#ARCTIC. #SIBERIA. THIS IS TAIMYR. The All-Russian Population Census will take place in the country from October 15 to November 14. This year statisticians are using more modern approaches to collecting information and processing data. That can seriously change the official number of indigenous ethnic groups.
Small indigenous peoples are peoples numbering no more than 50 thousand people. They remain in places of historical settlement, retain their language, customs and crafts, and recognize themselves as a separate people.
Three peoples – Nenets, Abazins and Evenks, whose traditional economic activities have changed significantly over the ten years since the last census, can exceed the limit of 50 thousand people.
According to the People of the North portal, there are several reasons for this: the legal literacy of the population has increased, therefore the number of communities in which family members and distant relatives, who previously considered themselves more Russian than indigenous, have now changed their opinion about their nationality, has increased.
In addition, the economic independence of indigenous families in Yamal and Yakutia provoked an increase in the birth rate in the families of tundra and taiga. Moreover, the large-scale work in Russia to promote the cultural values of the indigenous peoples of the North influenced the self-identification of a large number of young people who have come of age since the last census.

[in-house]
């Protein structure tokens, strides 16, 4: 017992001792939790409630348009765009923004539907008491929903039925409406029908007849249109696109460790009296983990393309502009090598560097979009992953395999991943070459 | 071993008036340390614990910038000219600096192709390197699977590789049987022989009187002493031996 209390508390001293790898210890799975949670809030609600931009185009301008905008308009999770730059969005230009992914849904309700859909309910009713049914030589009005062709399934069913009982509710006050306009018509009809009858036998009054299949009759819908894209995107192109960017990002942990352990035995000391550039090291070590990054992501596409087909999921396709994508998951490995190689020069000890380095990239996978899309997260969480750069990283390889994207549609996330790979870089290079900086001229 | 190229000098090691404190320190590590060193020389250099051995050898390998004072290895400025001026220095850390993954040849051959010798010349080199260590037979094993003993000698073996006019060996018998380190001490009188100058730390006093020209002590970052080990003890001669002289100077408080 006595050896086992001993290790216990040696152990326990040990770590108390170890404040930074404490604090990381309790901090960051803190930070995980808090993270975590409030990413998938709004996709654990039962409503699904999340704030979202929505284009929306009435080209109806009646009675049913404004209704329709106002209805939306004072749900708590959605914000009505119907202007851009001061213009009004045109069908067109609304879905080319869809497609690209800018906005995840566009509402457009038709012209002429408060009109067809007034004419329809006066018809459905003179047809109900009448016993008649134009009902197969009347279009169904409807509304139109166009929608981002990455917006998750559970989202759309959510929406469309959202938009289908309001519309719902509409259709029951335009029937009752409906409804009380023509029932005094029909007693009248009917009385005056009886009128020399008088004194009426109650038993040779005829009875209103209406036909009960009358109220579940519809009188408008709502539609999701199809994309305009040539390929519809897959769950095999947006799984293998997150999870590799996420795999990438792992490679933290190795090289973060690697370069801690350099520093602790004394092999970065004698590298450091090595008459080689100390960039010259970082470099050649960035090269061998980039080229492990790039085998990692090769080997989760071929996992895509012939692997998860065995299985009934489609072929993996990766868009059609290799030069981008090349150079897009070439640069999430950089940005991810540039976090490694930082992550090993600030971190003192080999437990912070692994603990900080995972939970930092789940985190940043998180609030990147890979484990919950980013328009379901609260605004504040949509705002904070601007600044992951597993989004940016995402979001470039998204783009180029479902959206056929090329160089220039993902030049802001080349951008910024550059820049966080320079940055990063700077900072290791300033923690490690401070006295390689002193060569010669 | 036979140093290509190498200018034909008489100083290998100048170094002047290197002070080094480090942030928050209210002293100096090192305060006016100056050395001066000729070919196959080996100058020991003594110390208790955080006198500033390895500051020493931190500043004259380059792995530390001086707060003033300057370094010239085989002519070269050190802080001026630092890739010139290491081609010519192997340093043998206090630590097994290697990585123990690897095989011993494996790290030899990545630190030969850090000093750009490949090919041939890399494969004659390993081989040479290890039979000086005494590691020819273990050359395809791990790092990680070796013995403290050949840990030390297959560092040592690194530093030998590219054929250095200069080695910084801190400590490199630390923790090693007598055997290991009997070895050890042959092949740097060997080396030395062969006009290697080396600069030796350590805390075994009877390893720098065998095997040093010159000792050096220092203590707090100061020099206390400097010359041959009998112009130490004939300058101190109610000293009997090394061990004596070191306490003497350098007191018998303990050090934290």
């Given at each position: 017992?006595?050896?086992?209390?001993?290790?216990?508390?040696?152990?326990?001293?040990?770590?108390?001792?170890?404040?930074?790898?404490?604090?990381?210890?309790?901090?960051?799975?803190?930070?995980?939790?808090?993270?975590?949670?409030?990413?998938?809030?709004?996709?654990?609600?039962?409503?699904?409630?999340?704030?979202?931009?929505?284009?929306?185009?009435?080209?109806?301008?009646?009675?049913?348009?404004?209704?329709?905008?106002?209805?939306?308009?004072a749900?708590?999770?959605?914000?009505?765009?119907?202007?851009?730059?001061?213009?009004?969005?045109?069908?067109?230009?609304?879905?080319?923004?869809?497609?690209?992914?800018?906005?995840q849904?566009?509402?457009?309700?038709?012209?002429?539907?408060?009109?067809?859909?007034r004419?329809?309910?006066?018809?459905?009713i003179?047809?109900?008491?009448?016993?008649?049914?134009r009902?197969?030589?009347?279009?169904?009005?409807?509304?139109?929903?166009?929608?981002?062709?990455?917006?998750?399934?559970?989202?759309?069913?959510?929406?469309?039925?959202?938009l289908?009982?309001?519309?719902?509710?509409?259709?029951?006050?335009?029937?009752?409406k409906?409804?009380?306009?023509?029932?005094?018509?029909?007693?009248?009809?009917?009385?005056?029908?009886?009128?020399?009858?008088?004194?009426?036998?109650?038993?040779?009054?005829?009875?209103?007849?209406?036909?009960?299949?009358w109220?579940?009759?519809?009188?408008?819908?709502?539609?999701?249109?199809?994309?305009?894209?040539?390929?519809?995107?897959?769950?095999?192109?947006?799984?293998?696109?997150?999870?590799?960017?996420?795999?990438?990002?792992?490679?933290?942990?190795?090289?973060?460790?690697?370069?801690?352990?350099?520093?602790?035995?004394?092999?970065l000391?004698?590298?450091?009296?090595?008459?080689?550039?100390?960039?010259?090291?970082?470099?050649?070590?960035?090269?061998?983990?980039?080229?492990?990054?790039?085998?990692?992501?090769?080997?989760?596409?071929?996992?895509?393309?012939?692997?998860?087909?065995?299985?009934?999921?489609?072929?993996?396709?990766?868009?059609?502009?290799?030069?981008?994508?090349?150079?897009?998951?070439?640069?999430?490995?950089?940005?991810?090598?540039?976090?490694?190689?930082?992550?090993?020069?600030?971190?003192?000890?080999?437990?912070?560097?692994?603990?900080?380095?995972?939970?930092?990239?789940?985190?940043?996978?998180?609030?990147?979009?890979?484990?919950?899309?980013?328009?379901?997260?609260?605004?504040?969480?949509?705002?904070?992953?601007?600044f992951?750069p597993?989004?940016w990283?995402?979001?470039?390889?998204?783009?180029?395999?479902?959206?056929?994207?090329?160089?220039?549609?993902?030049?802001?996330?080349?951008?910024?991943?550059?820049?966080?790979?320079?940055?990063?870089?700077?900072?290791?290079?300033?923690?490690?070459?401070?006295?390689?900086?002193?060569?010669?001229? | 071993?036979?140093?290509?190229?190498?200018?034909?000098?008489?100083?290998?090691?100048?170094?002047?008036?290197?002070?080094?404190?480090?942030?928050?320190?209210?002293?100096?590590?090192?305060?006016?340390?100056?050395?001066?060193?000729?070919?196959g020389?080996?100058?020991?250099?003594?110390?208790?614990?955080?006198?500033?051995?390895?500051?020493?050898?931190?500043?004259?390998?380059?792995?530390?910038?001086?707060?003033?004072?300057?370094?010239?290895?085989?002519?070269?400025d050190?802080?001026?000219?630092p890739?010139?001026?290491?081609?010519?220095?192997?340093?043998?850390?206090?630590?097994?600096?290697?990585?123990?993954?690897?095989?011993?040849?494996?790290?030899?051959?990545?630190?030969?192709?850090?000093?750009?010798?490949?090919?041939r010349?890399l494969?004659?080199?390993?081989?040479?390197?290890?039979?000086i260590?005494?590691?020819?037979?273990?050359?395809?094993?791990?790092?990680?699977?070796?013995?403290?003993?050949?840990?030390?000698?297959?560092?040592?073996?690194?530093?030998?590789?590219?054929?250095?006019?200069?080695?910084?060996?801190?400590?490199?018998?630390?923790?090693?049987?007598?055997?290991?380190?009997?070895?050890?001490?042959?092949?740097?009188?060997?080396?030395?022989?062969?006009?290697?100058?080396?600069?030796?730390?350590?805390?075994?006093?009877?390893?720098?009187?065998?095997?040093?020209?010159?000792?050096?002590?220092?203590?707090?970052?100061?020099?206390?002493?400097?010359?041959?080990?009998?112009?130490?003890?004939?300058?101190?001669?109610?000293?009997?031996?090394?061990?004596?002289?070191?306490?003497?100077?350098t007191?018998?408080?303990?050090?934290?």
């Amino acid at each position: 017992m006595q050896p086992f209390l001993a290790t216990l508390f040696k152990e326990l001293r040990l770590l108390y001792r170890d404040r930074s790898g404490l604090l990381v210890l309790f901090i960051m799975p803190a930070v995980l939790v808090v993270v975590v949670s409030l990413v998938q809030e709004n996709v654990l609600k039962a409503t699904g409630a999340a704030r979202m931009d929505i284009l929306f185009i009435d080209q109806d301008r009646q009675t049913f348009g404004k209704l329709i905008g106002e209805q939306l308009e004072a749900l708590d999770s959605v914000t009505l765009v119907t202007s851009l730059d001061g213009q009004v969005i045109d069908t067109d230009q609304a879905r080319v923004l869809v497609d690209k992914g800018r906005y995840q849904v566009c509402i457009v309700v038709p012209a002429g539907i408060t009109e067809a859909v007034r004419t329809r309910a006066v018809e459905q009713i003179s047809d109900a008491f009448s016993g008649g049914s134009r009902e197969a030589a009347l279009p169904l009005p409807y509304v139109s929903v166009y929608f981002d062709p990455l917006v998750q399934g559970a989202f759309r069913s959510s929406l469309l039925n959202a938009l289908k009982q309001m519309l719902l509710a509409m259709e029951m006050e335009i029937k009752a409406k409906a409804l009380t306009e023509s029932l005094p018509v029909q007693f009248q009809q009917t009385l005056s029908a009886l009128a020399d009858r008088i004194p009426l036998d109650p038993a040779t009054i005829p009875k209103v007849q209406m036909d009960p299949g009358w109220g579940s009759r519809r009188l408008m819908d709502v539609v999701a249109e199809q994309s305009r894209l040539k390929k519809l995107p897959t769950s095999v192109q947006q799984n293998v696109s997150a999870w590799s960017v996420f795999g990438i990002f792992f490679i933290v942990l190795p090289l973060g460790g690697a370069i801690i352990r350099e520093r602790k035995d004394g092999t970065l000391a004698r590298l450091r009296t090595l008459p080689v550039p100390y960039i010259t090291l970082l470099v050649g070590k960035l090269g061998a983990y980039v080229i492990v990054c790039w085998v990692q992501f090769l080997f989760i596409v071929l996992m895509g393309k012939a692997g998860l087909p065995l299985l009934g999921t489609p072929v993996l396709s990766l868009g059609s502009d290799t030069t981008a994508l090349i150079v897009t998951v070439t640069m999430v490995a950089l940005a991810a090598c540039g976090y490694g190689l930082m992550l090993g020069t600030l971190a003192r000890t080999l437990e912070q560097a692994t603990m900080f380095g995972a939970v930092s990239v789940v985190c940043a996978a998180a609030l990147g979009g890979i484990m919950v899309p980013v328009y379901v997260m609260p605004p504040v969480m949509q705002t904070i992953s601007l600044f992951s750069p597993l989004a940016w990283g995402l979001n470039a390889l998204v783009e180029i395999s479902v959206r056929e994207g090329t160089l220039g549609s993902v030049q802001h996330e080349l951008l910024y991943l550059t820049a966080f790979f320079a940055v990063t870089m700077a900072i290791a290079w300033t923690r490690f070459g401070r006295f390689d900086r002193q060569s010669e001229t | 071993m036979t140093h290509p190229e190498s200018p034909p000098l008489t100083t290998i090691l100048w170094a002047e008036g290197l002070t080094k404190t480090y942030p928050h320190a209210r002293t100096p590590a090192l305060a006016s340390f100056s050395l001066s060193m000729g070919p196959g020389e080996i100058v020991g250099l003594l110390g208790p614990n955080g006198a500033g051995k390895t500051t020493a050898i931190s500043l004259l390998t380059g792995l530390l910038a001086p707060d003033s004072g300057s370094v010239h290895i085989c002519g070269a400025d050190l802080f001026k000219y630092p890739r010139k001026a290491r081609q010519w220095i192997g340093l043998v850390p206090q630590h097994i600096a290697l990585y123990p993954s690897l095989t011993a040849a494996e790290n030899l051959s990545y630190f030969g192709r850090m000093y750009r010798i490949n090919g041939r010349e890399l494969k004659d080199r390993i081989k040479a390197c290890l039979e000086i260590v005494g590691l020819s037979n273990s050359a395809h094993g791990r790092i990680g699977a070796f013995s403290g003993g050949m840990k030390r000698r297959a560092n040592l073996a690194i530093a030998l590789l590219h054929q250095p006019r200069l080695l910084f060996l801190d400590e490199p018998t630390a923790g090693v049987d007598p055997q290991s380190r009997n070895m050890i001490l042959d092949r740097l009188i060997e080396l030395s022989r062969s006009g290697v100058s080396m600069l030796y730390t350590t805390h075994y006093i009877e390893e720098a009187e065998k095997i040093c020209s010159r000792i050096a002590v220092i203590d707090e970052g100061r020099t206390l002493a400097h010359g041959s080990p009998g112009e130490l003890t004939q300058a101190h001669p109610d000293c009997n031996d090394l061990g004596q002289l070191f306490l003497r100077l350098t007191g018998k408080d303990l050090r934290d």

Already in 2002, according to the results of the census, 41 302 Nenets lived in Russia, of which about 27 000 lived in the Yamal-Nenets autonomous district. According to the 2010 census, the number of Nenets in the country was 44 640 people, an increase in comparison with the 2002 census is 3 338 people.
The 2010 census of the Russian population recorded 37 843 Evenks. Evenks are engaged in the restoration and strengthening of their cultural traditions more than other small nationalities.
According to the 2010 All-Russian Population Census, there are 46 indigenous minorities in our country, which include 316 000 people.
The largest of the small peoples are the Nenets, Abazins and Evenks. The smallest are Kereks living in the Beringovsky region of the Chukotka autonomous district. During the 2010 census, only four people identified themselves as Kereks, and ten people in the country spoke Kerek.
Only population censuses can collect unique data on the number of indigenous small-numbered peoples, their sex and age structure, language skills, education, the number of children and living conditions.
Earlier, we reported that a legal portal was created for the indigenous peoples this year.
Text: Dmitry Belov and Ekaterina Maksimova, Photo: Vitas Beneta, Marina Peshkova, Denis Gaskov